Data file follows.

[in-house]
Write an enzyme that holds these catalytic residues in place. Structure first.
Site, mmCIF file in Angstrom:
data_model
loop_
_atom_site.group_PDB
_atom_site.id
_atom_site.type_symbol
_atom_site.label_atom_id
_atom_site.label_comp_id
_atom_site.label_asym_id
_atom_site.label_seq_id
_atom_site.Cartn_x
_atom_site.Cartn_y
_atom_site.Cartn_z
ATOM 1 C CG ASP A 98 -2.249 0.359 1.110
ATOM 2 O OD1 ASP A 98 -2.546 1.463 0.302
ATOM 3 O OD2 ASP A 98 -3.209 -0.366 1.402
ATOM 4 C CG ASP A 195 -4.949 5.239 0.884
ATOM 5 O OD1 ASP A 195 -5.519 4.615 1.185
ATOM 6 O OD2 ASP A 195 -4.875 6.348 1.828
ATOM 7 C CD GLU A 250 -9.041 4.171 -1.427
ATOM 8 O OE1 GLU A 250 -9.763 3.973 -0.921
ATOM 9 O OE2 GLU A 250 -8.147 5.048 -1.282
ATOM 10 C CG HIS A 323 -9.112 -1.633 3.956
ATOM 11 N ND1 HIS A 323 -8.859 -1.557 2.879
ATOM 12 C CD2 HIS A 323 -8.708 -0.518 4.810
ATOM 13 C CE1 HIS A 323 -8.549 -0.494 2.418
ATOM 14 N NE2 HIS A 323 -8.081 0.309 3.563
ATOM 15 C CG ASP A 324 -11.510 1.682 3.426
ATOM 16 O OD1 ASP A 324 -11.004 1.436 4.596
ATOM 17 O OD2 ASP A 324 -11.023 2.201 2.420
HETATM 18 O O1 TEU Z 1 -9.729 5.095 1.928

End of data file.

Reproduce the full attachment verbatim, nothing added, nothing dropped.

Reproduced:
[in-house]
Write an enzyme that holds these catalytic residues in place. Structure first.
Site, mmCIF file in Angstrom:
data_model
loop_
_atom_site.group_PDB
_atom_site.id
_atom_site.type_symbol
_atom_site.label_atom_id
_atom_site.label_comp_id
_atom_site.label_asym_id
_atom_site.label_seq_id
_atom_site.Cartn_x
_atom_site.Cartn_y
_atom_site.Cartn_z
ATOM 1 C CG ASP A 98 -2.249 0.359 1.110
ATOM 2 O OD1 ASP A 98 -2.546 1.463 0.302
ATOM 3 O OD2 ASP A 98 -3.209 -0.366 1.402
ATOM 4 C CG ASP A 195 -4.949 5.239 0.884
ATOM 5 O OD1 ASP A 195 -5.519 4.615 1.185
ATOM 6 O OD2 ASP A 195 -4.875 6.348 1.828
ATOM 7 C CD GLU A 250 -9.041 4.171 -1.427
ATOM 8 O OE1 GLU A 250 -9.763 3.973 -0.921
ATOM 9 O OE2 GLU A 250 -8.147 5.048 -1.282
ATOM 10 C CG HIS A 323 -9.112 -1.633 3.956
ATOM 11 N ND1 HIS A 323 -8.859 -1.557 2.879
ATOM 12 C CD2 HIS A 323 -8.708 -0.518 4.810
ATOM 13 C CE1 HIS A 323 -8.549 -0.494 2.418
ATOM 14 N NE2 HIS A 323 -8.081 0.309 3.563
ATOM 15 C CG ASP A 324 -11.510 1.682 3.426
ATOM 16 O OD1 ASP A 324 -11.004 1.436 4.596
ATOM 17 O OD2 ASP A 324 -11.023 2.201 2.420
HETATM 18 O O1 TEU Z 1 -9.729 5.095 1.928